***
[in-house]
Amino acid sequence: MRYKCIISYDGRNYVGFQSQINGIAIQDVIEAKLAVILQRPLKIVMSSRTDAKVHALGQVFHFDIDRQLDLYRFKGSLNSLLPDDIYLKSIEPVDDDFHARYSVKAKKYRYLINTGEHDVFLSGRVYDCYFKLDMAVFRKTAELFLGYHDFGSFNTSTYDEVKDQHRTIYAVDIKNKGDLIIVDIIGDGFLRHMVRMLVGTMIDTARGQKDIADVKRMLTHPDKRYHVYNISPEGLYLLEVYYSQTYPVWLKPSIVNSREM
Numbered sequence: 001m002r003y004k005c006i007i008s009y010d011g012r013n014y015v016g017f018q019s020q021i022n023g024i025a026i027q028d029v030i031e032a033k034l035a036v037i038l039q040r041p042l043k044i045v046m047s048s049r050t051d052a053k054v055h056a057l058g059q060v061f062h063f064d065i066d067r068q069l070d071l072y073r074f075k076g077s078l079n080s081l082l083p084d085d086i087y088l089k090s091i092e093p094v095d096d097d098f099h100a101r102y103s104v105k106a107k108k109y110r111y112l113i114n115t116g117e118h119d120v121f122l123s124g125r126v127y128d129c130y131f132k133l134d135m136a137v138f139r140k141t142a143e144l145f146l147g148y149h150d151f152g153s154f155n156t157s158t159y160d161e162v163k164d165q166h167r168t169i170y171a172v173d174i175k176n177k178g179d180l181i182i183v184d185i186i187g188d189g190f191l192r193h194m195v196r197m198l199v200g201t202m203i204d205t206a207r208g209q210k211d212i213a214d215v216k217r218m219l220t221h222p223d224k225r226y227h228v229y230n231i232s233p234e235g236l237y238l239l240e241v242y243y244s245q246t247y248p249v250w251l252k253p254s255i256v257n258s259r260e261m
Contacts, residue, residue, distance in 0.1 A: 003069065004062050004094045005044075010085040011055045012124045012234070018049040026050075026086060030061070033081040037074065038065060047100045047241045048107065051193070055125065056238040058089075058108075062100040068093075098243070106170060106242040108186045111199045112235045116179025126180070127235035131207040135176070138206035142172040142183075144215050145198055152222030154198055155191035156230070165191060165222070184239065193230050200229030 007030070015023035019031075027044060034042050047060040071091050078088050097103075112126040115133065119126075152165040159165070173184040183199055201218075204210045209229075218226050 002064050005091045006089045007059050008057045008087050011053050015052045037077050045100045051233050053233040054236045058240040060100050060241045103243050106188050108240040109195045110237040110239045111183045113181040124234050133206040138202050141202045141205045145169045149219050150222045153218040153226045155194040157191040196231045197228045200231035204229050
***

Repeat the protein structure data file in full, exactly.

[in-house]
Amino acid sequence: MRYKCIISYDGRNYVGFQSQINGIAIQDVIEAKLAVILQRPLKIVMSSRTDAKVHALGQVFHFDIDRQLDLYRFKGSLNSLLPDDIYLKSIEPVDDDFHARYSVKAKKYRYLINTGEHDVFLSGRVYDCYFKLDMAVFRKTAELFLGYHDFGSFNTSTYDEVKDQHRTIYAVDIKNKGDLIIVDIIGDGFLRHMVRMLVGTMIDTARGQKDIADVKRMLTHPDKRYHVYNISPEGLYLLEVYYSQTYPVWLKPSIVNSREM
Numbered sequence: 001m002r003y004k005c006i007i008s009y010d011g012r013n014y015v016g017f018q019s020q021i022n023g024i025a026i027q028d029v030i031e032a033k034l035a036v037i038l039q040r041p042l043k044i045v046m047s048s049r050t051d052a053k054v055h056a057l058g059q060v061f062h063f064d065i066d067r068q069l070d071l072y073r074f075k076g077s078l079n080s081l082l083p084d085d086i087y088l089k090s091i092e093p094v095d096d097d098f099h100a101r102y103s104v105k106a107k108k109y110r111y112l113i114n115t116g117e118h119d120v121f122l123s124g125r126v127y128d129c130y131f132k133l134d135m136a137v138f139r140k141t142a143e144l145f146l147g148y149h150d151f152g153s154f155n156t157s158t159y160d161e162v163k164d165q166h167r168t169i170y171a172v173d174i175k176n177k178g179d180l181i182i183v184d185i186i187g188d189g190f191l192r193h194m195v196r197m198l199v200g201t202m203i204d205t206a207r208g209q210k211d212i213a214d215v216k217r218m219l220t221h222p223d224k225r226y227h228v229y230n231i232s233p234e235g236l237y238l239l240e241v242y243y244s245q246t247y248p249v250w251l252k253p254s255i256v257n258s259r260e261m
Contacts, residue, residue, distance in 0.1 A: 003069065004062050004094045005044075010085040011055045012124045012234070018049040026050075026086060030061070033081040037074065038065060047100045047241045048107065051193070055125065056238040058089075058108075062100040068093075098243070106170060106242040108186045111199045112235045116179025126180070127235035131207040135176070138206035142172040142183075144215050145198055152222030154198055155191035156230070165191060165222070184239065193230050200229030 007030070015023035019031075027044060034042050047060040071091050078088050097103075112126040115133065119126075152165040159165070173184040183199055201218075204210045209229075218226050 002064050005091045006089045007059050008057045008087050011053050015052045037077050045100045051233050053233040054236045058240040060100050060241045103243050106188050108240040109195045110237040110239045111183045113181040124234050133206040138202050141202045141205045145169045149219050150222045153218040153226045155194040157191040196231045197228045200231035204229050